UTLA holds morning rally to insist Deasy be thrown into ‘jail’
Vanessa Romo | September 3, 2014
UTLA is calling on Superintendent John Deasy to lock himself in teacher jail while he’s under any investigation over iPads, computer systems or anything else.
At a rally earlier today union President Alex Caputo-Pearl told a crowd of teachers, “We are saying that he has to play by his own rules… He must not report to work here, he must report to teacher jail or report to home.”
Caputo-Pearl also called on “whoever is at the head of this district to be focused on schools and students and the day-to-day operations, and not scrambling to try to get out of investigations.” Assuming that’s Deasy, Caputo-Pearl did not explain how he might do that from “jail.”
The union claims that since Deasy took over, the district has escalated the practice of removing teachers accused of misconduct from the classroom and reassigning them to the central office where they often do nothing but continue drawing a paycheck. And many teachers who have been reinstated after a stint in teacher jail complain they were never informed of the charges against them.
In that respect, Caputo-Pearl said, “He [Deasy] actually has an advantage over many of our members who experience this, he knows the allegations against him.”
Deasy is also under scrutiny for his dealings with Apple and Pearson, leading up to the iPad deal, which was expected to cost the district upwards of $1 billion. He’s also under fire for launching MiSiS despite reports the student data base management system was riddled with problems.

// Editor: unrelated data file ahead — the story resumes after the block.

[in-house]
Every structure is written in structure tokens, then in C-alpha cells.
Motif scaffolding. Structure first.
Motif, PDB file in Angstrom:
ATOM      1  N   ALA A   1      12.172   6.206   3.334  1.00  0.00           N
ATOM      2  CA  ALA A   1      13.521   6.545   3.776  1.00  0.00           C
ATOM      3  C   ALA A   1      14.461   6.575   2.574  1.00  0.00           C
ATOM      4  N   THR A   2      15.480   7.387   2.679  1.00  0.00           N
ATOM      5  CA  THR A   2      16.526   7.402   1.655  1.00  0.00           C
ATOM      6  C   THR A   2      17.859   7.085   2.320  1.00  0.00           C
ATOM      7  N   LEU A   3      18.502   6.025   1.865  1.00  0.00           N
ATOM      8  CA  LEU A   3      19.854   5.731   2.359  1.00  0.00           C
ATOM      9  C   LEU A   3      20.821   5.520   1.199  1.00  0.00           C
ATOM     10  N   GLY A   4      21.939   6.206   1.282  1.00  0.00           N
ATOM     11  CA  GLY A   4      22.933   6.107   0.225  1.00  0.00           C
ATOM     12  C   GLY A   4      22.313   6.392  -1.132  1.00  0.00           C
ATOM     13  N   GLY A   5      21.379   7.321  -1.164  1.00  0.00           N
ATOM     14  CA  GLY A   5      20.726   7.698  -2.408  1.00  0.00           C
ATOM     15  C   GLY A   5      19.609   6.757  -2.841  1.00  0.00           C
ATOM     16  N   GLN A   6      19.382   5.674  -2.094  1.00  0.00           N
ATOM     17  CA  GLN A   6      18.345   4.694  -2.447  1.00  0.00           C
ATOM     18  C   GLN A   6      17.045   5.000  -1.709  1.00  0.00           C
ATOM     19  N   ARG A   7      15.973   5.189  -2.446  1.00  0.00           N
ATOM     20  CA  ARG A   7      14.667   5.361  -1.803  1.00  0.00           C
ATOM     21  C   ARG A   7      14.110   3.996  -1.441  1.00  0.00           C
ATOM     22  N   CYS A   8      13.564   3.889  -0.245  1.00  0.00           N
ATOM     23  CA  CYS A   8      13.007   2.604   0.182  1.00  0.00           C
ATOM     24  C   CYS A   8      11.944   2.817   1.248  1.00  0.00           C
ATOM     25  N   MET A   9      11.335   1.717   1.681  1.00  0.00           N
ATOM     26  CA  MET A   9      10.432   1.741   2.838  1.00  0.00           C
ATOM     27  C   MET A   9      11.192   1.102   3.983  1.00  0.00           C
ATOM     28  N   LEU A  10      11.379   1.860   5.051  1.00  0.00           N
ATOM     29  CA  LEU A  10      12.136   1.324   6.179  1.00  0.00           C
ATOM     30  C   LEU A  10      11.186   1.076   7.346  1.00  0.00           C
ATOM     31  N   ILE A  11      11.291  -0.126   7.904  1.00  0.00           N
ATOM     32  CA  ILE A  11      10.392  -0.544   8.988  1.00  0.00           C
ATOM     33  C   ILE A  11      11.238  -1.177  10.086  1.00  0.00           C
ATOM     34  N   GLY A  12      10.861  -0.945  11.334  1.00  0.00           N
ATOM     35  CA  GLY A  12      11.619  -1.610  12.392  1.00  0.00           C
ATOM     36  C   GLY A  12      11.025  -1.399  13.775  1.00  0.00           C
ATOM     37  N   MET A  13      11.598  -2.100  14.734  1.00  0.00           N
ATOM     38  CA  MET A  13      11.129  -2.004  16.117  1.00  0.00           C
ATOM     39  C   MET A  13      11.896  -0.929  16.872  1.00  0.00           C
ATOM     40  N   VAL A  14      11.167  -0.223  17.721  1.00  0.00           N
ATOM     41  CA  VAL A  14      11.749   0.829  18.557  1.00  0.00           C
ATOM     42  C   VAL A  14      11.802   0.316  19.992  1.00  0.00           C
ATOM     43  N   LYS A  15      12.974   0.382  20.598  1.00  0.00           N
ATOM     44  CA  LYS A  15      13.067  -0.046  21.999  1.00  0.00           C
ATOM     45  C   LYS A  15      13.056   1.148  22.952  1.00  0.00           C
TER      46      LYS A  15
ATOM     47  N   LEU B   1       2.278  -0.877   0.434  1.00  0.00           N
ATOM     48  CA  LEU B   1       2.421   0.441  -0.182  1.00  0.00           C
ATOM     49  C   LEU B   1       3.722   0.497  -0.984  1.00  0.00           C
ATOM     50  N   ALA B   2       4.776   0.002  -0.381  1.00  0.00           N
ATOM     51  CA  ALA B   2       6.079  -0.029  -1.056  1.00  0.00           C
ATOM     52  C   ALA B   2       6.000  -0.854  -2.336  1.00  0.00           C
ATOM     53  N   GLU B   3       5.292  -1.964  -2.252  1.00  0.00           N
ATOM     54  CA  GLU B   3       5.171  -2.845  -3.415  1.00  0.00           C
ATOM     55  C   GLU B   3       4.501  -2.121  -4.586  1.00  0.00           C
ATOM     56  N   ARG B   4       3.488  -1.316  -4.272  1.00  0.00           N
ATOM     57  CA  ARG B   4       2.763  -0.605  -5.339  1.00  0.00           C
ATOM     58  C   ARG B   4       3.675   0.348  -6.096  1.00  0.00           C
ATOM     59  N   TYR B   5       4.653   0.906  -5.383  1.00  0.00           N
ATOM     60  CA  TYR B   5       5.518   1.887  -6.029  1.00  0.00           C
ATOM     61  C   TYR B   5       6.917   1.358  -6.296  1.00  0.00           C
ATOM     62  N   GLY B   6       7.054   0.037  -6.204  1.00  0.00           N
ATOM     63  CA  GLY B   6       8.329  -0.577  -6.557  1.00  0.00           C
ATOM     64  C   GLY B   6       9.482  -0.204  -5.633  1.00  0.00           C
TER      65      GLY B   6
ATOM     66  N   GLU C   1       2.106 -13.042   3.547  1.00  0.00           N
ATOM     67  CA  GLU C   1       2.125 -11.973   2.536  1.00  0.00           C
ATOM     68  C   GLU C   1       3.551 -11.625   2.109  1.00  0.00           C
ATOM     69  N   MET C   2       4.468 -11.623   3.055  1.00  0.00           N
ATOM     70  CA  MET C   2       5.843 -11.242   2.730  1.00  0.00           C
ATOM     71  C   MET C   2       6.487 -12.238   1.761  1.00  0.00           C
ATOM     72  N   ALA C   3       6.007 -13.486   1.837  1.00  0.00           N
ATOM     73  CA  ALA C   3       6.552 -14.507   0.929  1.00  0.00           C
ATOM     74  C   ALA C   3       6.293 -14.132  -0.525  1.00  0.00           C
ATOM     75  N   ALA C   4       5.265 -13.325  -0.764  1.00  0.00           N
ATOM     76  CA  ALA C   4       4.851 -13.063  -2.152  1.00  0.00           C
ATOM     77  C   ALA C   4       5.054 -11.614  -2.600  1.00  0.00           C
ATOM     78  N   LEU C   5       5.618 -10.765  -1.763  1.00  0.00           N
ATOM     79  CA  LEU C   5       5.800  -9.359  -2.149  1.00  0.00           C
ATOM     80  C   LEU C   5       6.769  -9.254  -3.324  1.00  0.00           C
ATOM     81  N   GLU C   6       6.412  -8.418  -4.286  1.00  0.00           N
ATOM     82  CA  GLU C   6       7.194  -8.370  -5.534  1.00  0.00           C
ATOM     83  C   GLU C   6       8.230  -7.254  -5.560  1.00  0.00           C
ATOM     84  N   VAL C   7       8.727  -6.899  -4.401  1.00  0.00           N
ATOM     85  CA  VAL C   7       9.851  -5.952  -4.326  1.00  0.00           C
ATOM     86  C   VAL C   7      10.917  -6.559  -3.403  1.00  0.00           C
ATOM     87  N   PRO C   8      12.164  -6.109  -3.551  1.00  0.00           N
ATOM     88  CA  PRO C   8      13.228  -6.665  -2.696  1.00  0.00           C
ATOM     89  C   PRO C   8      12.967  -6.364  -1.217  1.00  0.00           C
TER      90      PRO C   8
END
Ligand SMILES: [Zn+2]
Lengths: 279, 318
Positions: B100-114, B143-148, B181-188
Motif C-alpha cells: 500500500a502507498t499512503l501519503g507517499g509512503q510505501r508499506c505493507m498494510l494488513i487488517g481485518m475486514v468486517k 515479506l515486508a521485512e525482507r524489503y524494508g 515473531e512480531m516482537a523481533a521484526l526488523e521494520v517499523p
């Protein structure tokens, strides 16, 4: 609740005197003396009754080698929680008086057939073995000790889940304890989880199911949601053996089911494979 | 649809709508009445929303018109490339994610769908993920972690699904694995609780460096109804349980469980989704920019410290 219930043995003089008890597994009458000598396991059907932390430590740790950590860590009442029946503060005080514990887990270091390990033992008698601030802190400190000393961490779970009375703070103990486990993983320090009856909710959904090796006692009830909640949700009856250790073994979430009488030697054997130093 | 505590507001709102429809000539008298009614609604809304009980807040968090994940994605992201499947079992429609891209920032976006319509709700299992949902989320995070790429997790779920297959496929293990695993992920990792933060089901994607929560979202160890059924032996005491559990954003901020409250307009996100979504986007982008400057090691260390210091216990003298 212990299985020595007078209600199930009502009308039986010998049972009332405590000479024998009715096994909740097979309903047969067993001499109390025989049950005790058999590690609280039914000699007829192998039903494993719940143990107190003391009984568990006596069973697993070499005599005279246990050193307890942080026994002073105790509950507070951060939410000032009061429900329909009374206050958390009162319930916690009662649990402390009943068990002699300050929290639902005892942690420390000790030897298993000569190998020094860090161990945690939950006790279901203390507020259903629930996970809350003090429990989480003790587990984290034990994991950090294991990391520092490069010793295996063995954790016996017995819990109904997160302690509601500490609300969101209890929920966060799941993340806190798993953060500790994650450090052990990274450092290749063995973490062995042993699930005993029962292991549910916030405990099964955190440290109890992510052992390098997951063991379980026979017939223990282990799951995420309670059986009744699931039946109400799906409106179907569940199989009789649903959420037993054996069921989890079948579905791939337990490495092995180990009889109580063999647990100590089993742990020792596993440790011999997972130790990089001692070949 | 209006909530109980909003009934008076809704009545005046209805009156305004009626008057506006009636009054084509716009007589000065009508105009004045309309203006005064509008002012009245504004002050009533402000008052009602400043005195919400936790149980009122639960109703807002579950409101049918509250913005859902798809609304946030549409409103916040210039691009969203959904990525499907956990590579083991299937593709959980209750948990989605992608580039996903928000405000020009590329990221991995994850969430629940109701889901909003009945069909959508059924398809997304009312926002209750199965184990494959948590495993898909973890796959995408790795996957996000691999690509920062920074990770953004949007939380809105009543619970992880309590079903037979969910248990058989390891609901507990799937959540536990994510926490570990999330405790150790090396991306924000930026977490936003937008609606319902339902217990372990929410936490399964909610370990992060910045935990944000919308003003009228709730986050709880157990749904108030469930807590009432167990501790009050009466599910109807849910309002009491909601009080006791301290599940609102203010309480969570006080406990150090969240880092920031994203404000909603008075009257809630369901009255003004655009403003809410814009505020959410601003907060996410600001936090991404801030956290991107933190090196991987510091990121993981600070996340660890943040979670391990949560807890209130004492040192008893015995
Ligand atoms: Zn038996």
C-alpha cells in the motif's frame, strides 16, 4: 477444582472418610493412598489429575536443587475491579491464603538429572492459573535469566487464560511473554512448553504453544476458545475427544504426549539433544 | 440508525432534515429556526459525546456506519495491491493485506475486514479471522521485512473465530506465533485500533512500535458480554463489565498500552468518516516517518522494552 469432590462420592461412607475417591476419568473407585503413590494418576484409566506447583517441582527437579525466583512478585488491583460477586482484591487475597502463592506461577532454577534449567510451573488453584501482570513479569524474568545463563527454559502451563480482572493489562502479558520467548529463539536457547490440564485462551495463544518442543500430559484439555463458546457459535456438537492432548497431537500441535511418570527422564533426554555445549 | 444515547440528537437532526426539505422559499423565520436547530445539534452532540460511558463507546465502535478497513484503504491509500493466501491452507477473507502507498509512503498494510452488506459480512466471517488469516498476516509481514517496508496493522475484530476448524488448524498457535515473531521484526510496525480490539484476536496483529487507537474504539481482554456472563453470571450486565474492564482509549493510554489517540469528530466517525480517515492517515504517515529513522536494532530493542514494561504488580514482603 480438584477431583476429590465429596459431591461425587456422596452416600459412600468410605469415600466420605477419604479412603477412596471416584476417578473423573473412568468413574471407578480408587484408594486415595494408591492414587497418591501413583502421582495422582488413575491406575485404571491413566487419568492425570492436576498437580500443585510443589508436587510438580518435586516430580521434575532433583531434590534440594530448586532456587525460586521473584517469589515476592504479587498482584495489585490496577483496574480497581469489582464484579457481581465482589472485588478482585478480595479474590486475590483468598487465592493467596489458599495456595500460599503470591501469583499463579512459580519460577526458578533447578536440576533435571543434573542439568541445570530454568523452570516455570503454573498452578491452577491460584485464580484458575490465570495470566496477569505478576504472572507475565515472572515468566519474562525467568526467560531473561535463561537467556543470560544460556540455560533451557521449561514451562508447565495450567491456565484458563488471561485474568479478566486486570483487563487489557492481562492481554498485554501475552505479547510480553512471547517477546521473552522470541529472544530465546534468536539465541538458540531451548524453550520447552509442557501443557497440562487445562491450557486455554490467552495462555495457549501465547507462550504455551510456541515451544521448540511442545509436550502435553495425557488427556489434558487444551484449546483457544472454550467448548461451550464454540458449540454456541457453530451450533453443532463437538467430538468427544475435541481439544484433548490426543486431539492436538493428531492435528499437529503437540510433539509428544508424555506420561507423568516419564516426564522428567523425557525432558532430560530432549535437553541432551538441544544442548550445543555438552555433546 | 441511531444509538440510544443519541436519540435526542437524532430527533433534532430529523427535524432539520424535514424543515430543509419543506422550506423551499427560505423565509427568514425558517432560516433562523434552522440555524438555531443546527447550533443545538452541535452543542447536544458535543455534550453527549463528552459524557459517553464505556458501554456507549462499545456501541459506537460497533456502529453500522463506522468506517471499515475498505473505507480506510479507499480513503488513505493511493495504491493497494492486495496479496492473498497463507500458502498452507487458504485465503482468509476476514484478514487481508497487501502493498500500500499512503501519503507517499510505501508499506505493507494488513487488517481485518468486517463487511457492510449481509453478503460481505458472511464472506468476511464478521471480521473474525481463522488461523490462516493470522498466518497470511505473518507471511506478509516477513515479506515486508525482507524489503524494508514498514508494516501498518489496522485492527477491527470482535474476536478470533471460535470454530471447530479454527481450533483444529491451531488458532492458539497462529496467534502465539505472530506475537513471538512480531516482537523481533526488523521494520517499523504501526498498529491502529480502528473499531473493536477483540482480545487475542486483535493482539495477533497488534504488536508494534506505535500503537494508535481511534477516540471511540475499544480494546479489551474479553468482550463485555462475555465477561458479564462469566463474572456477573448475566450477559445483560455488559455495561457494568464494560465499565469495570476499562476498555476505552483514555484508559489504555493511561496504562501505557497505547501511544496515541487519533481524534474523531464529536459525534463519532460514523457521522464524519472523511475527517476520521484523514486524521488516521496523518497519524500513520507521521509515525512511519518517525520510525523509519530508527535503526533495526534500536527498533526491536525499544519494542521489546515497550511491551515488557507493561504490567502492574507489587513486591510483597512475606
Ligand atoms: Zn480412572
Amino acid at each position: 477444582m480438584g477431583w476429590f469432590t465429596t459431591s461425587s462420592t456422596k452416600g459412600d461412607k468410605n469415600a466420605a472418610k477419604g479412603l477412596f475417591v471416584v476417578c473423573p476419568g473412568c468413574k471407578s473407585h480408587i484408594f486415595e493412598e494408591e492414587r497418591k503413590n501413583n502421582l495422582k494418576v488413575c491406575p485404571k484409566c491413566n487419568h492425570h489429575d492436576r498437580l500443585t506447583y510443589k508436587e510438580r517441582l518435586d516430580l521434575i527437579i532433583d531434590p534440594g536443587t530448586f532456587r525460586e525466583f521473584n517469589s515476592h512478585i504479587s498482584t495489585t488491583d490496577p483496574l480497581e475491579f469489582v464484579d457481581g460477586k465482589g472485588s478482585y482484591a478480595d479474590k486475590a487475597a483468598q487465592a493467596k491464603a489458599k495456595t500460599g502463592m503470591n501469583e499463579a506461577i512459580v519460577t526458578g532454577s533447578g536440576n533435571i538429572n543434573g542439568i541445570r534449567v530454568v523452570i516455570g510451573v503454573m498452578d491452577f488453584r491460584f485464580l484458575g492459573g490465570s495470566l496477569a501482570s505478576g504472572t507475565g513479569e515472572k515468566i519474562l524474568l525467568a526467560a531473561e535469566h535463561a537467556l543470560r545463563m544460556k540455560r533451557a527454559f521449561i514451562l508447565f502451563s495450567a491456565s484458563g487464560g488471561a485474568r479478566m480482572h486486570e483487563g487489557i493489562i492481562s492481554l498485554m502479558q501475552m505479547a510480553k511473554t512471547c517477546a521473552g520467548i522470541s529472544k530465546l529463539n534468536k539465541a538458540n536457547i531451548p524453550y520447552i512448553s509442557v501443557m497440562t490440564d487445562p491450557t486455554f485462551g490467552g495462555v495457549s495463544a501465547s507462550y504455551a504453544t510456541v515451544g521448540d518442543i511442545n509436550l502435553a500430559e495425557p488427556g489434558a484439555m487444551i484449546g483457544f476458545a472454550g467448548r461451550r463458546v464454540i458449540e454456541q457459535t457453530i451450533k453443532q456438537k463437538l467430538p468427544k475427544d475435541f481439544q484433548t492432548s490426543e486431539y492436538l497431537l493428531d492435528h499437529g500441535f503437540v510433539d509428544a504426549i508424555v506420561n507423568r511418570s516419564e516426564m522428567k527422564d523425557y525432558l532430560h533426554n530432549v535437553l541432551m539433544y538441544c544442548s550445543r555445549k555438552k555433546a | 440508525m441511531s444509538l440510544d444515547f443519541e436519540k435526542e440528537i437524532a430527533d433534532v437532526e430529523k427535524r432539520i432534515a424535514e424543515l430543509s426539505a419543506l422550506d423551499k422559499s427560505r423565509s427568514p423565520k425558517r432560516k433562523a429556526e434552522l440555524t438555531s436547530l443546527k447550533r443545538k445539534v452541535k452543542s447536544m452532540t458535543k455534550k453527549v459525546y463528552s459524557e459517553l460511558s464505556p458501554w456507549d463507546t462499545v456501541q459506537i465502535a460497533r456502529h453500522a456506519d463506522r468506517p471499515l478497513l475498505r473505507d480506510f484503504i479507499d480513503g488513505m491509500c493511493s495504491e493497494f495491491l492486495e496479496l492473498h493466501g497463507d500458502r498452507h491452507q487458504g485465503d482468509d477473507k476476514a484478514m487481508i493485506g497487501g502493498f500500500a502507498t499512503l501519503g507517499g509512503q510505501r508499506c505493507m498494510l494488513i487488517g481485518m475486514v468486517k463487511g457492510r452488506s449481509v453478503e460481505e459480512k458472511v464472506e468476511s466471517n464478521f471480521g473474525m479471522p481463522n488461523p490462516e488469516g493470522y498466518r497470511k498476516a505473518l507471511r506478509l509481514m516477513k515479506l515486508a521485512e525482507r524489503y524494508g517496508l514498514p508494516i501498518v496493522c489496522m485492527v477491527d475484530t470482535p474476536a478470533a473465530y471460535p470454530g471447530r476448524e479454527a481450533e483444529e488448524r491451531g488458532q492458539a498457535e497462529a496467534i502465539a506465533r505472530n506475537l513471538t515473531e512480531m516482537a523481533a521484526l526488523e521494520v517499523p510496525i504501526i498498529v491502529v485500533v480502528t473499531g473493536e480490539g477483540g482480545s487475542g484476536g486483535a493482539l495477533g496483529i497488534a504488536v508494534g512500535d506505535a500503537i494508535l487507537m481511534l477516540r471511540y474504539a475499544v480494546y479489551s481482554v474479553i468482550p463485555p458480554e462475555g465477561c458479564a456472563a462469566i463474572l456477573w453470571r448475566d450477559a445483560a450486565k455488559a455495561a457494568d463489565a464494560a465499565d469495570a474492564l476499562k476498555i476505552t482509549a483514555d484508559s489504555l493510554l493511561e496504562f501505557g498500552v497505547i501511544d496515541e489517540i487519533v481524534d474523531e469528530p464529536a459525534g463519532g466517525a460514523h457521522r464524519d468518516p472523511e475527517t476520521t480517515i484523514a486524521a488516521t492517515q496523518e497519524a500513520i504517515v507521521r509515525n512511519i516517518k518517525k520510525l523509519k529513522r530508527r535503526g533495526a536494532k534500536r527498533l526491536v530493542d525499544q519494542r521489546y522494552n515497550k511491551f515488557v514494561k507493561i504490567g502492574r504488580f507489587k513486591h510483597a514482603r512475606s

UTLA hopes to end the widespread use of teacher jail for all but the most egregious offenders — those who pose a real threat to student safety.
Deasy responded to the protest in an interview with KNX calling it political grandstanding and pledged to continue to do his job.
“Our team is way too focused about lifting youth out of poverty to be involved in nonsense politics,” he said. “I think the only opinion that matters is what we’re doing for students.” The superintendent also defended his involvement with the tablet makers in a memo to the school board, leaked to the LAT Times.
“Today, even though we have taken advantage of a number of opportunities to constantly improve processes associated with this work, this extremely important initiative for the youth of LAUSD has been sidetracked by insinuations, innuendoes, and misleading statements,” he wrote.